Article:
One of the biggest challenges of incorporating iPads, iPods, and other touch-screen devices into the classroom is figuring out which apps, among the thousands of available possibilities, are best suited for students. This list of applications related to reading and English/language arts offers a jumping-off point for educators who are just beginning to explore apps in this subject area.
Created by: Launchpad Toys
Designed by the Stanford school of education and Zeum: San Francisco’s Children’s Museum, this app helps students practice storytelling by prompting them to pick a setting, characters, and music to tell their own stories. It guides students through the story arc, asking them to fill in a setup, conflict, challenge, climax, and resolution. Once they’ve chosen their characters and setting, the students animate the scenes and record the story with their own voices. Adding the background music can help them decide the overall tone or feeling they want to convey. Stories can then be uploaded to a Web-based network; their creators can earn “badges” based on other children’s ratings.
Created by: Marco Arment
For: iPad, iPod touch, iPhone, Kindle
This app allows users to bookmark websites and articles on their computers, iPhones, iPads, or Kindles to read later. After creating their accounts, users can add a “Read Later” button to their browsers if they find articles they’d like to read in the future. Pressing the button downloads the content, which can be accessed later. The app syncs the articles to a user’s account; they can be read on whichever device the user may have at a later point. Downloading articles through Instapaper allows students to access the material wherever they may be—on the school bus, after class, at home, or at school—whether or not an Internet connection is available.
Created by: Apple
Cost: Free, but the cost of downloading books varies
For: iPhone, iPod touch, iPad
Through iBooks, users can access the iBookstore, which has a variety of e-books available for downloading for different prices. Users can browse books by title, author, or genre, and they may download free samples of books where applicable. After a user buys a book, it appears on the iBooks bookshelf. The app comes with a built-in dictionary, as well as the ability to highlight text and make notes. Users can also change the font type and size of the text and adjust the brightness of the display. The app includes audio or video with the book if the book has such features attached.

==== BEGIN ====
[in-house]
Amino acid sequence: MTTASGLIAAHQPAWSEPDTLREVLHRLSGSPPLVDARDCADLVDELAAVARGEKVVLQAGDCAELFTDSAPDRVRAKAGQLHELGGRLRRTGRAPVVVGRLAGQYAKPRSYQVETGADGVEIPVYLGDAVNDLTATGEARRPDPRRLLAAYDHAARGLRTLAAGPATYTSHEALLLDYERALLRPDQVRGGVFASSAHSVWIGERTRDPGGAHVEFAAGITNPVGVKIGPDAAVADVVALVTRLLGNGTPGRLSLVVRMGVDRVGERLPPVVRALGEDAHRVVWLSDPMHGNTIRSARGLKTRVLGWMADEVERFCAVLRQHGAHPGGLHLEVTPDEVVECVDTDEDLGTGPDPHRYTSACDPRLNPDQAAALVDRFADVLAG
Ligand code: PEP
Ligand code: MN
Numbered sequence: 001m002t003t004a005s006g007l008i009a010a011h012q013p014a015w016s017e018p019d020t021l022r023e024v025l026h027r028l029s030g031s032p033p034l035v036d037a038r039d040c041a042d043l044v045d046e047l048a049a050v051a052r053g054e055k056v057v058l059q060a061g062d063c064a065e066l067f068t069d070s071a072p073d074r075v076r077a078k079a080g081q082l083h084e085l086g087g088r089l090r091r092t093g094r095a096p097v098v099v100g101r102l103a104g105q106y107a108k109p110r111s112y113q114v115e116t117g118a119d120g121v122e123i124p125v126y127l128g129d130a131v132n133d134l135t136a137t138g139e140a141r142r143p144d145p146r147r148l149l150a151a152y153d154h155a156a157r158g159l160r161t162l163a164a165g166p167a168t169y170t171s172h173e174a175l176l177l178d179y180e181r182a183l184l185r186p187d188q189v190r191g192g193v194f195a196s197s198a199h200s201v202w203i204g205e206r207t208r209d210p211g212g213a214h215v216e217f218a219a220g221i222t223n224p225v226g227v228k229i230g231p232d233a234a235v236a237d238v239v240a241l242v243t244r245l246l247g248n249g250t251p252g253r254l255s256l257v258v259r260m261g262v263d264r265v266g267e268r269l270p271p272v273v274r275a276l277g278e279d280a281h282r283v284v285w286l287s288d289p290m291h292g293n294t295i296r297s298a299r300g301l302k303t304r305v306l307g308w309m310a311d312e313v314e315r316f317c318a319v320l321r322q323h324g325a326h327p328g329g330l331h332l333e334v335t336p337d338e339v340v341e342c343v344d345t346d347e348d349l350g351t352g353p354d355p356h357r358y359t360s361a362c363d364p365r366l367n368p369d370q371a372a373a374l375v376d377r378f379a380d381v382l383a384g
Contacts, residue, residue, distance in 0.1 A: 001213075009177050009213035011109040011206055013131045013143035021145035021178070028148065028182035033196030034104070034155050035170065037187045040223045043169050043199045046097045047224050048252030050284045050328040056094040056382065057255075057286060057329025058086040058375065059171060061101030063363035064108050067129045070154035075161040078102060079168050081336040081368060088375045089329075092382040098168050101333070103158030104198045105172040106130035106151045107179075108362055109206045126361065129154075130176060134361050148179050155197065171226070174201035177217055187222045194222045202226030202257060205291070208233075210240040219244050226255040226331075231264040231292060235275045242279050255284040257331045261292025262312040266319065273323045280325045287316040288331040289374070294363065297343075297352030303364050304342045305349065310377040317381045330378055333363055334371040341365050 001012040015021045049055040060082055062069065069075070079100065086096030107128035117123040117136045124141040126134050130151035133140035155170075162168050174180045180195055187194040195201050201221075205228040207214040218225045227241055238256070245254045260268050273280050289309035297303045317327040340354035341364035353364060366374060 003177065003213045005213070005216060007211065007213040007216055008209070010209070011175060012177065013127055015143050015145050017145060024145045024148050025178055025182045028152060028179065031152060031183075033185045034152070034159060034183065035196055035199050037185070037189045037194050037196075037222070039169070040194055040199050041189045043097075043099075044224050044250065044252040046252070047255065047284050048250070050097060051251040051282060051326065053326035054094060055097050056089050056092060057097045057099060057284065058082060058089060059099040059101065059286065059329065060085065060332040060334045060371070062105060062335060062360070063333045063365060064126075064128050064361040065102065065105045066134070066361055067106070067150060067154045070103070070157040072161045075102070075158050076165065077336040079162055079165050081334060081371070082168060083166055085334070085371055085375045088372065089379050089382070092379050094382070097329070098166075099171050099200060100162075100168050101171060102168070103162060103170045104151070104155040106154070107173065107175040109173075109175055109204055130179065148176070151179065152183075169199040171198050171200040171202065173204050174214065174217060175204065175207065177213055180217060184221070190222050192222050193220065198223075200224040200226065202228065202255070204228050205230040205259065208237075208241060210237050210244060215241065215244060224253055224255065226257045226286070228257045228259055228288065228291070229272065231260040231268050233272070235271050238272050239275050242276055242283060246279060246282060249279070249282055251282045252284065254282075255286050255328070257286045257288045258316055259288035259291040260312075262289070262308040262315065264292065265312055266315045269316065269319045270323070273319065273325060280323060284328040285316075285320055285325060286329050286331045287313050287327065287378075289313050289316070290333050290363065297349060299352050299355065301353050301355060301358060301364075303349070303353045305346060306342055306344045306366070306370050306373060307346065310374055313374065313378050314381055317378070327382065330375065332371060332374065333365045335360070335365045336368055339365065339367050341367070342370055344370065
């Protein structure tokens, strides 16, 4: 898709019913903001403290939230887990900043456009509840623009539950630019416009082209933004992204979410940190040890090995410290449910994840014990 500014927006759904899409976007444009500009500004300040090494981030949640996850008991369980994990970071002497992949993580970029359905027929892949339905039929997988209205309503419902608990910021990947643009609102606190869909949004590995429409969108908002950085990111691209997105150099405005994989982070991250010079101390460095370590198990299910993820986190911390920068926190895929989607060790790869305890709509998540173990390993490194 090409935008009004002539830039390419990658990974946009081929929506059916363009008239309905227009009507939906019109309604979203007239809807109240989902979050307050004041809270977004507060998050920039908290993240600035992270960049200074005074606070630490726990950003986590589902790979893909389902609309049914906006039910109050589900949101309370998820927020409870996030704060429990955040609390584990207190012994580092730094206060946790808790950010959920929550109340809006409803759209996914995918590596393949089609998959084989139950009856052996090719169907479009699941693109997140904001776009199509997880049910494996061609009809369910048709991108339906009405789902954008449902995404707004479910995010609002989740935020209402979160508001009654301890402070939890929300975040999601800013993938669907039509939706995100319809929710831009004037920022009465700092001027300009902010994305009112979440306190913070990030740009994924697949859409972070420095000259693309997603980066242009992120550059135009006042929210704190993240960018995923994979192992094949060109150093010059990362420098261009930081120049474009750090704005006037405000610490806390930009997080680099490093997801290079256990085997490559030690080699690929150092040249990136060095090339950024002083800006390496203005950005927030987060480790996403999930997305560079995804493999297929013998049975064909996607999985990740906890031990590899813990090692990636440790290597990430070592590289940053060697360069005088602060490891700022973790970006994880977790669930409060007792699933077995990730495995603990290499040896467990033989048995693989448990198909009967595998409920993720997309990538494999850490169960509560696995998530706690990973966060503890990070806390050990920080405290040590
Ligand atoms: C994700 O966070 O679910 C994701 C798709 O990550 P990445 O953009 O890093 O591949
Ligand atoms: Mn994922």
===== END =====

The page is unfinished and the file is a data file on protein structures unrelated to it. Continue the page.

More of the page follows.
Created by: gdiplus
For: iPhone, iPad, iPod Touch
Grades: Pre-K and K
This app aims to help younger students learn how to write. Children use their fingers to trace letters and numbers on the screen. Once all the letters in a word are drawn, the program spells and pronounces the word, and then a drawing of the word appears. The student’s handwritten letters then replace the computerized letters, which the child is prompted to shake into the corner of the screen before moving on to the next level.
Created by: International Children’s Digital Library Foundation
For: iPhone, iPod Touch, iPad
Using StoryKit, students can create their own stories or modify classic children’s stories such as “The Three Little Pigs.” The students can write their own text; illustrate their stories through their own drawings, photographs, or art they create on the screen; record dialogue and sound effects; lay out stories through text boxes, images, and sound clips; and finally add, reorder, or delete pages from their stories. The app was designed at the University of Maryland’s Human-Computer Interaction Lab to explore how mobile devices can be used for creative and educational activities. When students have completed their stories, they are stored in the device and can be sent electronically to friends and family.
Created by: Duck Duck Moose
For: iPhone, iPod touch, iPad
Word Wagon helps young students practice letters, words, and phonics with two animated characters: Mozzarella, a moose, and Coco, a bird. Children move through four levels of difficulty: learning the names of letters, learning the sounds of letters, spelling words of four letters, and spelling words of six letters. Students earn stickers and stars as they progress through the levels. For instance, they drag and drop letters to spell words, and when the letters are in the correct order, the app sounds out each letter and then pronounces the word in full. A picture of the word then pops on the screen. Words are grouped into categories, such as animals, foods, vehicles, numbers, and colors.
A version of this article appeared in the February 08, 2012 edition of Digital Directions as Reading Apps